AstraZeneca’s oncology pipeline takes a hit, as one of its Phase III trials failed to meet its primary endpoint. The program targeted advanced non-small lung cancer. It looks like it’s up to immunotherapies now.
Now struggling for a while, AstraZeneca has been refocusing on cancer and investing big in new candidates. The strategy hasn’t yet turned AstraZeneca’s luck around, as its half-year reports show its total revenues are down by 3% – really not good.
To make matters worse, it has now released that one of its advanced in lung cancer has failed. With 20 other clinical programs in Phase III on its oncology pipeline alone, it’s not a huge chunk of the company that goes down (unlike in other cases of clinical failures). But it surely doesn’t help.
The ‘offending’ program is a Phase III trial (SELECT-1) to evaluate the efficacy of selumetinib, a small molecule. The study enrolled 510 patients with advanced non-small cell lung cancer (NSCLC) and with a mutation in the KRAS gene. This mutation is associated with poor prognosis in NSCLC.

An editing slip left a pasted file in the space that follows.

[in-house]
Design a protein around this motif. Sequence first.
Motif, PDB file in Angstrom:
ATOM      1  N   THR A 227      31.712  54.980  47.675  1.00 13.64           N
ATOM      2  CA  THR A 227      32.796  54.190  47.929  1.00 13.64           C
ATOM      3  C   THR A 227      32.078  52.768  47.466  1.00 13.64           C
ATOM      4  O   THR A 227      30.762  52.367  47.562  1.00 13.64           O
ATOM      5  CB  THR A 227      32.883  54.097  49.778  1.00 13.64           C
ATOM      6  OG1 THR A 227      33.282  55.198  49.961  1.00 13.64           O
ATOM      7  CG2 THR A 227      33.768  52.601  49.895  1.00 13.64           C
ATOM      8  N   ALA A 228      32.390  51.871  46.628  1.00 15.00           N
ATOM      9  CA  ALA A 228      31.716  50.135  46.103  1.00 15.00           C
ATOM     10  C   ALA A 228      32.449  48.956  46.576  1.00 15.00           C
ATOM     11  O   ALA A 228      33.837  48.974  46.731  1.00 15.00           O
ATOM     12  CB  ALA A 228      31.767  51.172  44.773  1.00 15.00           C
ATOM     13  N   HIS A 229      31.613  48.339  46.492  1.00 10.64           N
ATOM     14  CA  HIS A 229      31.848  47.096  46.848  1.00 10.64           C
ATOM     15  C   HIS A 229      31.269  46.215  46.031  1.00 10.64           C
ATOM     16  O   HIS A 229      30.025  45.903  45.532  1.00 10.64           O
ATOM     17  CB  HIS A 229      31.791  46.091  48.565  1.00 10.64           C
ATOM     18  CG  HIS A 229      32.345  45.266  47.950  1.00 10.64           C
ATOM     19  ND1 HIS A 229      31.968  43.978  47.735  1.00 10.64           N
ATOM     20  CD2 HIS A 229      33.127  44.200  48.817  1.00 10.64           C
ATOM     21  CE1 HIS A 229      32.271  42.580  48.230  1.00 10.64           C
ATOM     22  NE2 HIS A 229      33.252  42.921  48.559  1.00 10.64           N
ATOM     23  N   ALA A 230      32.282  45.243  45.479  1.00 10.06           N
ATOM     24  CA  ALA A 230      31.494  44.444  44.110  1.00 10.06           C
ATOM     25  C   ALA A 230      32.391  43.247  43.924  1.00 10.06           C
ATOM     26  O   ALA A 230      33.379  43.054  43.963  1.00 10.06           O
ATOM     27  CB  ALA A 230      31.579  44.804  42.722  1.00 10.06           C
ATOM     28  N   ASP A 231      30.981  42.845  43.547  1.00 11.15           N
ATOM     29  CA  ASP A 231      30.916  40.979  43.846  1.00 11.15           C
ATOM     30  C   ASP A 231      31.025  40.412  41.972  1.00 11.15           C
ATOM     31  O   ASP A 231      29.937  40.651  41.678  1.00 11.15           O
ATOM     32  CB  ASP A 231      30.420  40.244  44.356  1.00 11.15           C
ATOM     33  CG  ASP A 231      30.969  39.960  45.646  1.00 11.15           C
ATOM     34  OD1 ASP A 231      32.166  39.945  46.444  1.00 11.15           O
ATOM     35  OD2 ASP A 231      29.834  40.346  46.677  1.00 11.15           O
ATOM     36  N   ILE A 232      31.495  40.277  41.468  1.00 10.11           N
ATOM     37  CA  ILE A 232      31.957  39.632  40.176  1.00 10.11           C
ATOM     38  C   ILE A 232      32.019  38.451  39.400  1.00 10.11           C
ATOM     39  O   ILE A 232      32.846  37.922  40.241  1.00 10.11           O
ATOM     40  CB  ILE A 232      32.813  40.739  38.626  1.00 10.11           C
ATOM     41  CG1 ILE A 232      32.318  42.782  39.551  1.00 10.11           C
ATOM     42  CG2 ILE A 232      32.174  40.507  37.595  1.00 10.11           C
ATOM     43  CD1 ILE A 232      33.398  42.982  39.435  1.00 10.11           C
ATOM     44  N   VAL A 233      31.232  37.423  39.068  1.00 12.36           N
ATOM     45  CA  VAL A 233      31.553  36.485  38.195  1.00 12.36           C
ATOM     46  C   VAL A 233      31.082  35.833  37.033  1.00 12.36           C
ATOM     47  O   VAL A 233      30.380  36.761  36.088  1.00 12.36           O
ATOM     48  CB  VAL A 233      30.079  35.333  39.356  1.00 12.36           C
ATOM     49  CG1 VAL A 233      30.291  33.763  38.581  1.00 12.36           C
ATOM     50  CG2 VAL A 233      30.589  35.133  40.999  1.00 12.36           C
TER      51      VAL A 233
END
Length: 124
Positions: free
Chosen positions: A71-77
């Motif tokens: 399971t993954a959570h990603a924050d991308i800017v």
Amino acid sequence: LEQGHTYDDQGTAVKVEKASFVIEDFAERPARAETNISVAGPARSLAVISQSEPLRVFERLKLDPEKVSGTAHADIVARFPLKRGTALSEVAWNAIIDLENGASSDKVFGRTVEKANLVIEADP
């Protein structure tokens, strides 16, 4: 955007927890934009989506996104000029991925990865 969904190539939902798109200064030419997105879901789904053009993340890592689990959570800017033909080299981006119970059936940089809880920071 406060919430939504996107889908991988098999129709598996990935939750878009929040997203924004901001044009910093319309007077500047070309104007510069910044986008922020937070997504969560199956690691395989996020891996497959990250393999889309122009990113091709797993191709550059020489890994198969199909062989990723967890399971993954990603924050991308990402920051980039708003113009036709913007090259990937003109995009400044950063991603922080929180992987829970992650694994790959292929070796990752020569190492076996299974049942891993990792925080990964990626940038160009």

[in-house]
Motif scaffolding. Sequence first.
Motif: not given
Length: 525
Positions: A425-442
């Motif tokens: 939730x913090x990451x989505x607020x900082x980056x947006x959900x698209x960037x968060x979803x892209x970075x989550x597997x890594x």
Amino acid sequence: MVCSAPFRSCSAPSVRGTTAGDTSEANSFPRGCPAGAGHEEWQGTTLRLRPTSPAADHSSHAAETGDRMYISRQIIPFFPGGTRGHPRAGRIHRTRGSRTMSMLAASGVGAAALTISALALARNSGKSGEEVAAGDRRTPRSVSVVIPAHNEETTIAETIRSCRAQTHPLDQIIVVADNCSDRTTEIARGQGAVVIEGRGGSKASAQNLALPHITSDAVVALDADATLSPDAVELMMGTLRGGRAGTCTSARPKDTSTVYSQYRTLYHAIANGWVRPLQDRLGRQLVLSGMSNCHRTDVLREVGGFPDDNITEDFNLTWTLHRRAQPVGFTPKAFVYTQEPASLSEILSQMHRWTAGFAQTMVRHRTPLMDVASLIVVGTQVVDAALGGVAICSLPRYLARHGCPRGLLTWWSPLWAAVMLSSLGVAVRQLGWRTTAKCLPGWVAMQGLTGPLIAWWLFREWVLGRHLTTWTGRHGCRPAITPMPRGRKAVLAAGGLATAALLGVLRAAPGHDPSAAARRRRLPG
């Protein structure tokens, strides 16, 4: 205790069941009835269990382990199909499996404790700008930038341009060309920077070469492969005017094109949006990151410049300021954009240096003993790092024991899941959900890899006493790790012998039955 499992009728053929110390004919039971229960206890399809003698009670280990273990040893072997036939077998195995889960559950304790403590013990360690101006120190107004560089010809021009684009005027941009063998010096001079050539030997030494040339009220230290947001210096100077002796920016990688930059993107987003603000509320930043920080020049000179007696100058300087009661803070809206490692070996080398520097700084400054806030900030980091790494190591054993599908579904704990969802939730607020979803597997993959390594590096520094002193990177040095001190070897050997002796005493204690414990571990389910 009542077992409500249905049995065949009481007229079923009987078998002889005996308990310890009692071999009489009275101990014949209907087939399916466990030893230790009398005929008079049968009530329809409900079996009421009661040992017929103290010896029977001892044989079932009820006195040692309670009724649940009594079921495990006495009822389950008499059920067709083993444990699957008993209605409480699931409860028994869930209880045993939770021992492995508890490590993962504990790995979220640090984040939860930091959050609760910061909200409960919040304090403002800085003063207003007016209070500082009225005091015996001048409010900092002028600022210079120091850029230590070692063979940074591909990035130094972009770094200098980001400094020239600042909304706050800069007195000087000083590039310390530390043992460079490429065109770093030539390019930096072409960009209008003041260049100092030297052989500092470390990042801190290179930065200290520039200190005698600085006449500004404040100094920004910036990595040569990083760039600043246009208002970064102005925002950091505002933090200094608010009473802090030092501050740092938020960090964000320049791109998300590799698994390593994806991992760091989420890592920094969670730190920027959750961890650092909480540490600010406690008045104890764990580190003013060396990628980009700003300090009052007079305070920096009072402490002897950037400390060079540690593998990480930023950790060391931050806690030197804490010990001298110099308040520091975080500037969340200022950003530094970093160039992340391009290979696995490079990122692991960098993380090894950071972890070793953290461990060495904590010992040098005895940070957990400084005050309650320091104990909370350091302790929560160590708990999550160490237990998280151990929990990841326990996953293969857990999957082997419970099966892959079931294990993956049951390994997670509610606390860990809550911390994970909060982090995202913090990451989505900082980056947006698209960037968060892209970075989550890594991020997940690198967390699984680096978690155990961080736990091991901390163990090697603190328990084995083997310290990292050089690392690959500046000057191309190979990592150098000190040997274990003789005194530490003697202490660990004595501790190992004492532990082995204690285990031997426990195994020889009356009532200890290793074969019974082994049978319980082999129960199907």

Selumetinib acts as an inhibitor of MEK 1/2, proteins that are critical components of a particular pathway – RAS-ERK. In turn, an active RAS-ERK pathway helps cancer growth and progression. For NSCLC, the therapy had previously obtained promising results in a Phase II trial (SELECT-2).
The drug is also being developed for differentiated thyroid cancer, having even received an Orphan Drug designation. This program will continue as planned, and it’s now enrolling patients in a Phase III trial.
As for lung cancer, AstraZeneca’s CMO (Sean Bohen) stated that AstraZeneca remains committed to developing new treatments, highlighting the ongoing work in immunotherapy combinations.
AstraZeneca’s biologicals arm, MedImmune, does have durvalumab – an anti-PD-L1 therapy with good results. Besides numerous programs in other indications, it’s being tested for NSCLC in Phase III trials both as a monotherapy and in combinations.
However, not everything is so sunny on MedImmune’s side of business. Along with its financial results, the company also announced it was killing 6 programs. The cuts include small molecule programs for cardiometabolic diseases (such as NASH) and an antibody for asthma, but also several of MedImmune’s new identities for solid tumors.
Even a durvalumab combination trial was tossed out. It seems that the strategic focus on oncology will also suffer, until the next batch of therapies gets the revenues back on top.